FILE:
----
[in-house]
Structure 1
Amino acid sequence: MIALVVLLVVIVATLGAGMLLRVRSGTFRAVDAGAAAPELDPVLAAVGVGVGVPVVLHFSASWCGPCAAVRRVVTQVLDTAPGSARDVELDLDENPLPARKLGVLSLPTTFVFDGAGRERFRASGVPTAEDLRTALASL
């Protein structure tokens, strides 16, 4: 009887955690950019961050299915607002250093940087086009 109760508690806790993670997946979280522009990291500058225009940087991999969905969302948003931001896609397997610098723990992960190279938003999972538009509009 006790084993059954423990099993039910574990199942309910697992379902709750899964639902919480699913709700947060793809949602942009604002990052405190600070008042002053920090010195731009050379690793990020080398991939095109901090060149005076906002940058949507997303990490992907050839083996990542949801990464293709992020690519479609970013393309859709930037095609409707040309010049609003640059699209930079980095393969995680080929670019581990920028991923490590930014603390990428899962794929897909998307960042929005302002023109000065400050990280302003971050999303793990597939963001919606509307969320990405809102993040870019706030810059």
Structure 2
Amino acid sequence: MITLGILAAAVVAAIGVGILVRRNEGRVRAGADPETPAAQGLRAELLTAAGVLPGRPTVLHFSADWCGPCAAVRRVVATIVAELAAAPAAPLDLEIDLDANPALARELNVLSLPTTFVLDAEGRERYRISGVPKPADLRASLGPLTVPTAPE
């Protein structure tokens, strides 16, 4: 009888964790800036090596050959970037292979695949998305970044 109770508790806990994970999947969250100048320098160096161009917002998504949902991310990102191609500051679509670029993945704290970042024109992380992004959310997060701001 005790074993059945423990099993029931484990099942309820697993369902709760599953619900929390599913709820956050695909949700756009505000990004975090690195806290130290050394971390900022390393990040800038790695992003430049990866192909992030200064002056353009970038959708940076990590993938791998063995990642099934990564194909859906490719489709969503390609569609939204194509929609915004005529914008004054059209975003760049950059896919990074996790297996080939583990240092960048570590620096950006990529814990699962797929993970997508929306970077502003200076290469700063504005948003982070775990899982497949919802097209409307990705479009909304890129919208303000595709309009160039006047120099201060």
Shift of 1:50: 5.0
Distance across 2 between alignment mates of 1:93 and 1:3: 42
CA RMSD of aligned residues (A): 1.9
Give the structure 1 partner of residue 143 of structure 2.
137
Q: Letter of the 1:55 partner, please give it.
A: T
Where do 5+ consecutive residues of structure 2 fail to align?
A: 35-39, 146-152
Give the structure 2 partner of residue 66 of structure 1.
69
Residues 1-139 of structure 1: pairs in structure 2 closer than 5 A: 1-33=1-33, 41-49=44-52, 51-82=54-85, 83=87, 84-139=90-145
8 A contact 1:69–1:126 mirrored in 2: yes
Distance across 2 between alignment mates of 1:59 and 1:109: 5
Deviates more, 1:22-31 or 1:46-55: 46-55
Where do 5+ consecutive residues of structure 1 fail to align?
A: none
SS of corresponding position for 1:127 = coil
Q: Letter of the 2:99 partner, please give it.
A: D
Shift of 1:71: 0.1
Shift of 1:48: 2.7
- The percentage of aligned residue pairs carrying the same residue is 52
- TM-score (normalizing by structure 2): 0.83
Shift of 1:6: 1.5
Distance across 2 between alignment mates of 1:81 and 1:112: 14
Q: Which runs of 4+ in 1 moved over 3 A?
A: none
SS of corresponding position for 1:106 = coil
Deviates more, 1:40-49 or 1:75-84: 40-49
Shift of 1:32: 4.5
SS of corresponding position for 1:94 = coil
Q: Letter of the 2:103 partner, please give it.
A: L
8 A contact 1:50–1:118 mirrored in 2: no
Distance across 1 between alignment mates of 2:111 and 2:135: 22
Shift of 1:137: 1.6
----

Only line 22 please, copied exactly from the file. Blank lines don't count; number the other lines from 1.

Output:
Deviates more, 1:22-31 or 1:46-55: 46-55